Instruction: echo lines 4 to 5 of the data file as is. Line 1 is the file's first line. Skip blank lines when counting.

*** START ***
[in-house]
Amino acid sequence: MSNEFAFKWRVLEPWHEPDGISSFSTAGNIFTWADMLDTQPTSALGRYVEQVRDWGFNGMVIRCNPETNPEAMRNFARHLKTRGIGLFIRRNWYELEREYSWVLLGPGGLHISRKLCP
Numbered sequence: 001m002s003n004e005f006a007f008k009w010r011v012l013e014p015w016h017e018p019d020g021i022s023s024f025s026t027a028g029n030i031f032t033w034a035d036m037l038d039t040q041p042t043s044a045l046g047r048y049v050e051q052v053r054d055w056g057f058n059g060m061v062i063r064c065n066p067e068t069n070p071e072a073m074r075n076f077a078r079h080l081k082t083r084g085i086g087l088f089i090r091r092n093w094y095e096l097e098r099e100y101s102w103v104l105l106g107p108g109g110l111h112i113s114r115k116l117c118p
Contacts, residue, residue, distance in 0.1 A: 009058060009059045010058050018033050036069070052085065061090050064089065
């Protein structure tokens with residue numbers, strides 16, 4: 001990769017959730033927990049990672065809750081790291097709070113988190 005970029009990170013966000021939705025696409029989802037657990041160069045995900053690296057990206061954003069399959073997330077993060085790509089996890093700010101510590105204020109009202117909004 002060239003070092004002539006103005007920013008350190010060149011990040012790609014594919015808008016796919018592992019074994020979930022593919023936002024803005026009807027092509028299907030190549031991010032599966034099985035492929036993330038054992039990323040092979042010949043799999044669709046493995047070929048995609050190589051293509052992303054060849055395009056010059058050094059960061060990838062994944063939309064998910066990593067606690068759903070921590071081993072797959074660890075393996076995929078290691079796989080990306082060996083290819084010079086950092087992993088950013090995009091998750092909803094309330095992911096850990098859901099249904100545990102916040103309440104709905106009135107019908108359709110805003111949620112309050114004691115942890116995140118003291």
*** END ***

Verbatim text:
Contacts, residue, residue, distance in 0.1 A: 009058060009059045010058050018033050036069070052085065061090050064089065
């Protein structure tokens with residue numbers, strides 16, 4: 001990769017959730033927990049990672065809750081790291097709070113988190 005970029009990170013966000021939705025696409029989802037657990041160069045995900053690296057990206061954003069399959073997330077993060085790509089996890093700010101510590105204020109009202117909004 002060239003070092004002539006103005007920013008350190010060149011990040012790609014594919015808008016796919018592992019074994020979930022593919023936002024803005026009807027092509028299907030190549031991010032599966034099985035492929036993330038054992039990323040092979042010949043799999044669709046493995047070929048995609050190589051293509052992303054060849055395009056010059058050094059960061060990838062994944063939309064998910066990593067606690068759903070921590071081993072797959074660890075393996076995929078290691079796989080990306082060996083290819084010079086950092087992993088950013090995009091998750092909803094309330095992911096850990098859901099249904100545990102916040103309440104709905106009135107019908108359709110805003111949620112309050114004691115942890116995140118003291």